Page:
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SuBIRDia Renovated: Sparrow-Folk’s new show

Michelle Brotohusodo

Watch out Canberra, Australia’s Sirens of Satire and local comedians Sparrow-Folk are back with a brand new street party—and you’re all invited.

SuBIRDia Renovated will divulge the daring and delightful underbelly of suburban life and, if it’s anything like the other Sparrow-Folk gigs I’ve been to, will have the audience in fits of laughter. I’m a big fan of theirs, and was thrilled to get the chance to sit down with Catherine Crowley (Fox) and find out more about them and their new show.

Michelle: So SuBIRDIA…Renovated?
Sparrow-Folk: Yes! It’s like a sequel to SuBIRDia. But a good sequel, imagine Sister Act 2, not Sharknado 2 or 3, or Aladdin 2 [author’s note: this spun into a back and forth between us naming bad sequels. Oh Grease 2, so bad it’s good. Or maybe not]. We’ll have all brand new songs but the same mischief and shenanigans. We’ve been having heaps of fun with it. We’ve already taken it to Adelaide and Sydney, and will be going to Melbourne after Canberra.

Will the puppets from SuBIRDia be making a reappearance?
Oh yes! We’ve got a few more puppets this year. Jules (Juliet Moody, also known as Lark) put together her knitting needles and when she starts, you never know what you’re going to get.

New songs, new puppets, will there be new costumes as well?
Yes! In the past Christine’s Place in Erindale has helped us with our costumes, but this time round we’ve made them ourselves.

How do you come up with your ideas?
Well it’s like when you’re sitting around with family and friends and going, “Yeah but what if?”, “And what about this, and what about that?” and when you get to the end of that thread, you realise that you’re naked on stage. Never fully naked though; ‘Sparrow-Folk naked’, as one male comedian once put it.

With our songs, they often come from the seed of an idea about something that happens in real life, or ‘what if this happened’ scenarios. We then develop and grow the idea to find the humour. We also get ideas when we’re working with others, like the regular awkward anthems we’ve been writing for ABC666.

Do you have a favourite amongst your songs?
It’s hard to choose a favourite. I’ve got lots of songs I love for different reasons. I might love a song because it’s funny, and I love another one because it’s musically enjoyable to sing. So it’s very hard to choose our favourite. And they get upset.

What are some of the highlights of performing?
There’s so much joy in making people laugh, it gives you such a high. We have a number of songs where the audience is laughing but there’s also a real elation where they let go—it’s not just funny, there’s a feeling of “Yeah, that’s right, it’s time to let go!”.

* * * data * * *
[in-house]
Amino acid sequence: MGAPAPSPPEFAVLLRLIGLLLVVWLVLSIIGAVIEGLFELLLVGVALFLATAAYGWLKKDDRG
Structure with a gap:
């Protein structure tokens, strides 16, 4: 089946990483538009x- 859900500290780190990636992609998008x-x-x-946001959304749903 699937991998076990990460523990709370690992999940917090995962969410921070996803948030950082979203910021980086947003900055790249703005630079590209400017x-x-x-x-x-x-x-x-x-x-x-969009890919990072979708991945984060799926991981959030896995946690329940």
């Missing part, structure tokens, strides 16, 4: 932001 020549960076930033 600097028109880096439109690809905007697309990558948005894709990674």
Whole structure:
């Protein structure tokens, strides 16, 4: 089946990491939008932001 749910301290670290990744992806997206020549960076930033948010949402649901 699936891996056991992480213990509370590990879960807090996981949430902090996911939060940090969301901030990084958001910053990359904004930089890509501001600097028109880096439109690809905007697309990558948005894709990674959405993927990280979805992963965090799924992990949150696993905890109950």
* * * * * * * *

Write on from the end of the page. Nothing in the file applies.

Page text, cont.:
When we first started performing, we did this number where we stripped and we were wearing these other costumes underneath, and we had these terrible insecurities. It was such a big deal for us back then, but now we just get it off. There’s something about performing on stage that makes you care less about your insecurities. You’re already up there and people are already laughing at you, and you go, well, what’s the point of worrying, it’s comedy!

If we’re going to have perfect-looking muscular bodies, that’s not funny, that’s just sexy, and that is not what we’re going for! But it’s actually really nice to let go and have the audience let go too.

It’s nice to have so much support when we perform in Canberra. I think most comedians have home ground support, like a sporting team. And then you go away and it’s a bit tougher to get an audience because they don’t know you. That said, we had a really full season in Adelaide and had ‘returners’, who as they were walking out said, “We’ll see you next year!”

The online support has been great too. In Edinburgh, people who hadn’t seen us live but had seen our film clips came to the shows and sang along to all the songs. It was very surreal.

Apart from the new show, what else does Sparrow-Folk have planned for this year?
We’ve got some more film clips coming out, which we’re really looking forward to. We like to do them as spoofs of old film clips. We’d love to do a spoof of (starts singing) “Turn around, every now and then”. Just the techniques Bonnie Tyler uses in that clip are so hilarious in their own right, it’s like comic gold without her even realising she’s funny.

Jules is also organising a big comedy gala in August as part of the Fearless Initiative, to raise funds for the Domestic Violence Crisis Service ACT and raise awareness about domestic violence.

Is there anything else people need to know about SuBIRDia Renovated?
Everybody gets a present after the show. We like everybody to get a little prize, it’s part of coming to a street party. We’ve got a late night show, which is the same show, but maybe it might be cheekier? Is there a certain time once Prime Possum goes to bed that you can let rip? Though let’s face it, we let rip regardless of what time it is.

The essentials
What: Sparrow-Folk’s SuBIRDia Renovated
When: 19-21 May 2016
Where: The Street Theatre, 15 Childers Street, Canberra
How much: $25 concession, $30 standard, $27 each for groups of 4+
Purchase tickets through the Street Theatre’s website


Michelle Brotohusodo

Michelle moved to Canberra vowing to stay for two years, tops. 10 years later, she’s a bona fide Canberra convert. When she’s not working in her day job as a public servant, she’s enjoying Canberra’s culinary delights or finding fun things to do/see in and around town. More about the Author

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